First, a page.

What is a mortgage?


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Taking out a mortgage is one of the most substantial financial decisions most of us will ever make. So, it’s essential to understand what you’re signing on for when you borrow money to buy a house.

A mortgage is a loan from a bank or other financial institution that helps a borrower purchase a home. The collateral for the mortgage is the home itself, meaning that if the borrower doesn’t make monthly payments to the lender and defaults on the loan, the bank can sell the home and recoup its money.

How does a mortgage work?

A mortgage consists of two primary elements: principal and interest.

The principal is the specific amount of money the homebuyer borrows from a lender to purchase a home. If you buy a $100,000 home, for instance, and borrow all $100,000 from a lender, that’s the principal owed.

The interest is what the lender charges you to borrow that money, says Robert Kirkland, senior home lending advisor at JPMorgan Chase. In other words, the interest is the cost you pay for borrowing the principal.

Borrowers pay a mortgage back at regular intervals, usually in the form of a monthly payment, which typically consists of both principal and interest charges.

“Each month, part of your monthly mortgage payment will go toward paying off that principal, or mortgage balance, and part will go toward interest on the loan,” says Kirkland.

Depending on your mortgage agreement, your monthly payment may also include some of the following charges:

  • Property taxes

The lender may also collect the annual property taxes associated with the home as part of your monthly mortgage payment. In such cases, the money collected for taxes is held in an “escrow” account, which the lender will use to pay your property tax bill when taxes are due.

  • Homeowners insurance

Homeowners insurance provides you with protection in the event of a disaster, fire or other accident. In some cases, a lender will collect the premiums for your insurance as part of your monthly mortgage bill, place the money in escrow and make the payments to the insurance provider for you when policy premiums are due.

  • Mortgage insurance

Your monthly mortgage payment may also include a fee for what’s known as private mortgage insurance (PMI.) This is a type of insurance required by many conventional mortgage lenders when a buyer’s down payment  is less than 20 percent of the home’s purchase price.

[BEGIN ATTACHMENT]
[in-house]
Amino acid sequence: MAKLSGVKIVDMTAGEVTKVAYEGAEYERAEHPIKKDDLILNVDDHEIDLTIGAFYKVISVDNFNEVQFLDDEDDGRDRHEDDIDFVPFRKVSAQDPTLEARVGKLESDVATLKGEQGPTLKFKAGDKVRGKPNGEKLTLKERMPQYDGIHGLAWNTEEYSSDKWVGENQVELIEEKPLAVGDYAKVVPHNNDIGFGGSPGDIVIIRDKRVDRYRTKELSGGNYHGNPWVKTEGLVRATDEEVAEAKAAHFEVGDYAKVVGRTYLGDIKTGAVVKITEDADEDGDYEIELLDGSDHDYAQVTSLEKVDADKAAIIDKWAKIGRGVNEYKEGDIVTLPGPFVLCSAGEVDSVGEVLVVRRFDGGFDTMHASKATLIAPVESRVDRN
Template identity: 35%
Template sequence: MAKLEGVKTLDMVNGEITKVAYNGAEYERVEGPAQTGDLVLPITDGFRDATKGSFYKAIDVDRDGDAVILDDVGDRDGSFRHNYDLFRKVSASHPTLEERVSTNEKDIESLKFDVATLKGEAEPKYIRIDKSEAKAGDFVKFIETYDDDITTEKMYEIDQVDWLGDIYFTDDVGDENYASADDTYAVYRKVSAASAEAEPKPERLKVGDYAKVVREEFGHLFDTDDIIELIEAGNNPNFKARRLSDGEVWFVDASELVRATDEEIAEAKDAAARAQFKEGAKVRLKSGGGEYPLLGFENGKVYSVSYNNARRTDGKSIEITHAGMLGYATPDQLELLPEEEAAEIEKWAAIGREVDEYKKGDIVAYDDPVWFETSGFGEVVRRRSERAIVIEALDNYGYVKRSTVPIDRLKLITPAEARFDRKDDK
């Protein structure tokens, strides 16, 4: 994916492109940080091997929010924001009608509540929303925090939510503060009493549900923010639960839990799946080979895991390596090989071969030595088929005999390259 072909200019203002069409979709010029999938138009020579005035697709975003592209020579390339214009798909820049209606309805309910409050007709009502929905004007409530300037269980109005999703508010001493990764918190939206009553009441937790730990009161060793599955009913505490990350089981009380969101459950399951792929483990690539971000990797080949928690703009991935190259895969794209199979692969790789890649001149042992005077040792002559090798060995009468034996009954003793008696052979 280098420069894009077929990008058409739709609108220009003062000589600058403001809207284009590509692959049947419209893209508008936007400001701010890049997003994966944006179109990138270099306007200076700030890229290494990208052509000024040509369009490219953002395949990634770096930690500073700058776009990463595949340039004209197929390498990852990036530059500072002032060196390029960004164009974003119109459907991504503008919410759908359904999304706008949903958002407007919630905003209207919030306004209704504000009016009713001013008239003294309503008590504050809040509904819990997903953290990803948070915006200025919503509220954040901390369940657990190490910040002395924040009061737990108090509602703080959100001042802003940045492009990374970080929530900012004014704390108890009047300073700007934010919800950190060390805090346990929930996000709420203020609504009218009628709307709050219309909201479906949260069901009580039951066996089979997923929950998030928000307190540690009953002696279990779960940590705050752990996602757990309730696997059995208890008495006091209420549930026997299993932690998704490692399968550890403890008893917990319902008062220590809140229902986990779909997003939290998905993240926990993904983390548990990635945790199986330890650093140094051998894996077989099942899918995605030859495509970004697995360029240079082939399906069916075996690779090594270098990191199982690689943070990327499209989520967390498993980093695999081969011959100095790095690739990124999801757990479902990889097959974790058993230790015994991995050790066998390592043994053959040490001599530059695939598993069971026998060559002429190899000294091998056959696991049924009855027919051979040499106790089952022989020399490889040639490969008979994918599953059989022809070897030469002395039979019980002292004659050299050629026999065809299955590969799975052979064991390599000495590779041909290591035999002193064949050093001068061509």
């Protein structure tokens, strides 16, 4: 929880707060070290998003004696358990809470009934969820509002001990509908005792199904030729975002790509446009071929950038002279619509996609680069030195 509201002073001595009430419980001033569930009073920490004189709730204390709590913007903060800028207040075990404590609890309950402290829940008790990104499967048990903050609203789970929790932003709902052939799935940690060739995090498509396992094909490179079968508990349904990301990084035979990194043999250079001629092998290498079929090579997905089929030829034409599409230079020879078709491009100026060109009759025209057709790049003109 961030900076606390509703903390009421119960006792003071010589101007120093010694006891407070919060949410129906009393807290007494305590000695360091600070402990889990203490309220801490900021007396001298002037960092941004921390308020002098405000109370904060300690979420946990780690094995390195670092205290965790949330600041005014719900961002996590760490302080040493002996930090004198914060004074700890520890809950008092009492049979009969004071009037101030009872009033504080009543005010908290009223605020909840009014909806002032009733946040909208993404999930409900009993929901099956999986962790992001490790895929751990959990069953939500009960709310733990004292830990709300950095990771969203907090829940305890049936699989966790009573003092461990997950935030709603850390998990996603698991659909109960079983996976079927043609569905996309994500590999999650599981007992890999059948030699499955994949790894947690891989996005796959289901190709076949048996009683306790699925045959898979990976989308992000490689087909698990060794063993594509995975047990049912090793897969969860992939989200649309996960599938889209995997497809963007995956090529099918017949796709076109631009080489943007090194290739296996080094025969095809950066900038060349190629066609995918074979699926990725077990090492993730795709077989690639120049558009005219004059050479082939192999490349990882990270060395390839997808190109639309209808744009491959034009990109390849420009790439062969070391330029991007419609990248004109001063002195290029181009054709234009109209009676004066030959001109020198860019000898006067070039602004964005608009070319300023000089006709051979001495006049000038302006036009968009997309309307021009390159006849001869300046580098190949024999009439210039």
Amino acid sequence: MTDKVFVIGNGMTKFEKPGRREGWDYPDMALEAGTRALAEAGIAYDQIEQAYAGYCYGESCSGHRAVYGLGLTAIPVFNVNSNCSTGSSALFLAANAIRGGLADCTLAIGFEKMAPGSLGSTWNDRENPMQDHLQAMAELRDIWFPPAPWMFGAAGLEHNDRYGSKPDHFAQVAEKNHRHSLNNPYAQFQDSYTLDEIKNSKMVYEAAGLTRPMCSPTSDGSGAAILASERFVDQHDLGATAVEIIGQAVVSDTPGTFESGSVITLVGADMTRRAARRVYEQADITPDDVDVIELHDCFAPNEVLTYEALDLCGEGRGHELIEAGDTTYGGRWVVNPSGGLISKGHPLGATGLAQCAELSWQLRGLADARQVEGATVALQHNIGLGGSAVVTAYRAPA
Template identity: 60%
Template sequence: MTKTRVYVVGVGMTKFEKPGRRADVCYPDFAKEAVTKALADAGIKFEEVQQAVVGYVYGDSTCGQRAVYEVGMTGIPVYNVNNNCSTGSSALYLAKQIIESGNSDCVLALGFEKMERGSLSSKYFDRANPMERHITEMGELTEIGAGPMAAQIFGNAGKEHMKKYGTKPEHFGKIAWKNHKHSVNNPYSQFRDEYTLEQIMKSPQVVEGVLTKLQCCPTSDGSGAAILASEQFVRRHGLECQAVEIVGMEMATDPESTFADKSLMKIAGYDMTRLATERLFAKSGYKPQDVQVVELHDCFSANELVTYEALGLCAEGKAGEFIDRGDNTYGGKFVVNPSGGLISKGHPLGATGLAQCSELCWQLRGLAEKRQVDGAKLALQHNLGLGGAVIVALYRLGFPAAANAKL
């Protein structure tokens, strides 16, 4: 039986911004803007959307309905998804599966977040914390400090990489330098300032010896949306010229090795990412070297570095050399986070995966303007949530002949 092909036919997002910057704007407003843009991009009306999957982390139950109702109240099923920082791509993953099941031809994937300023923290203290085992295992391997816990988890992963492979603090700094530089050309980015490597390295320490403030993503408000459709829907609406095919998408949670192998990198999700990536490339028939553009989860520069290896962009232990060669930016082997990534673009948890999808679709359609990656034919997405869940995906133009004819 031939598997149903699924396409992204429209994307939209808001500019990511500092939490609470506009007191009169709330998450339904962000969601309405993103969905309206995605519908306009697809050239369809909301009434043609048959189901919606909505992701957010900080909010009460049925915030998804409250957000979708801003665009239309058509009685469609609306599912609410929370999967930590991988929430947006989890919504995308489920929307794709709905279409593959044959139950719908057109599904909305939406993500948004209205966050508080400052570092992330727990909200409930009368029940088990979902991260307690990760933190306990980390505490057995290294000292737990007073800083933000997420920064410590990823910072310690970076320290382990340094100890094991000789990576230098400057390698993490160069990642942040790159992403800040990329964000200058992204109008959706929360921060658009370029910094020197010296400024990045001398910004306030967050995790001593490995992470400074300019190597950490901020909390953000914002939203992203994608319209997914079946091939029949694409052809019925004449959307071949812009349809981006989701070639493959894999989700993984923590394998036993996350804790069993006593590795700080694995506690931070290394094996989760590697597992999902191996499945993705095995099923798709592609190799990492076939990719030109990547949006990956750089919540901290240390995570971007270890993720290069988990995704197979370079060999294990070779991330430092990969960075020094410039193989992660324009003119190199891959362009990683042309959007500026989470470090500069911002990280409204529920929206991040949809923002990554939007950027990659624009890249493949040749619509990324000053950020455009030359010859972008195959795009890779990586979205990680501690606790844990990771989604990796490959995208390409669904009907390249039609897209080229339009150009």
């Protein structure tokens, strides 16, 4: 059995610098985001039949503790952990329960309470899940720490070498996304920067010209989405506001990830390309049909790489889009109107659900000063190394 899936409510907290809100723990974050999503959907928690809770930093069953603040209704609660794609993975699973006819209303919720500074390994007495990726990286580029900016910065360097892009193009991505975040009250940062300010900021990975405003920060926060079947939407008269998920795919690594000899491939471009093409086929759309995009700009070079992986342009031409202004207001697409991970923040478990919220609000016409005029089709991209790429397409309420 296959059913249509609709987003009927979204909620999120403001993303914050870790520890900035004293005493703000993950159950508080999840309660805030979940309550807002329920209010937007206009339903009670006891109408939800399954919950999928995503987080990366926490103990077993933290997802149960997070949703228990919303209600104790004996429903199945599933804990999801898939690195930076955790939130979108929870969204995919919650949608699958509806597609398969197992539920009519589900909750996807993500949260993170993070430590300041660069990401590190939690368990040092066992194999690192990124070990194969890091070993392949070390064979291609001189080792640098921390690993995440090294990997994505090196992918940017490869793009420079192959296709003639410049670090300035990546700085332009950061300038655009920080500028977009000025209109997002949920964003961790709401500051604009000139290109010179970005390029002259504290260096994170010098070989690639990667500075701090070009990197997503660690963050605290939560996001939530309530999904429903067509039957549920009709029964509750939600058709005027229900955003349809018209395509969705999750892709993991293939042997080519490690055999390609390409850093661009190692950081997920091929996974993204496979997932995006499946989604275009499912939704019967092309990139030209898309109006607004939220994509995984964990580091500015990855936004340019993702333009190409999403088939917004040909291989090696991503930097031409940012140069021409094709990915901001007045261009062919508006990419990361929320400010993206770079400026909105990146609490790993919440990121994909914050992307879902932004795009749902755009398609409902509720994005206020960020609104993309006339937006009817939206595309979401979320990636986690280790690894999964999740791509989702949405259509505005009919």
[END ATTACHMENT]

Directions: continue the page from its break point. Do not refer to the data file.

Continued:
Types of mortgages

There are several types of mortgages available to consumers.  They include conventional fixed-rate mortgages, which are among the most common, as well as adjustable-rate mortgages (ARMs), and balloon mortgages. Potential homebuyers should research the right option for their needs.

Fixed-rate mortgage

The name of a mortgage typically indicates the way interest accrues. In the case of a fixed-rate mortgage, for instance, the interest rate is agreed upon at the time you close on the purchase and stays the same for the entire term of the loan.

Fixed-rate mortgages are available in terms ranging up to 30 years, with the 30-year option being the most popular, says Kirkland. Paying the loan off over a longer period of time makes the monthly payment more affordable.

But no matter which term you prefer, the interest rate will not change for the life of the mortgage. For this reason, fixed-rate mortgages are good choices for those who prefer a stable monthly payment.

Adjustable-rate mortgage  (ARM)

Under the terms of an adjustable-rate mortgage (ARM), the interest rate you’re paying may be raised or lowered periodically as rates change. ARMs may a good idea when their interest rates are particularly low compared with the 30-year fixed, especially if the ARM has a long fixed-rate period before it starts to adjust.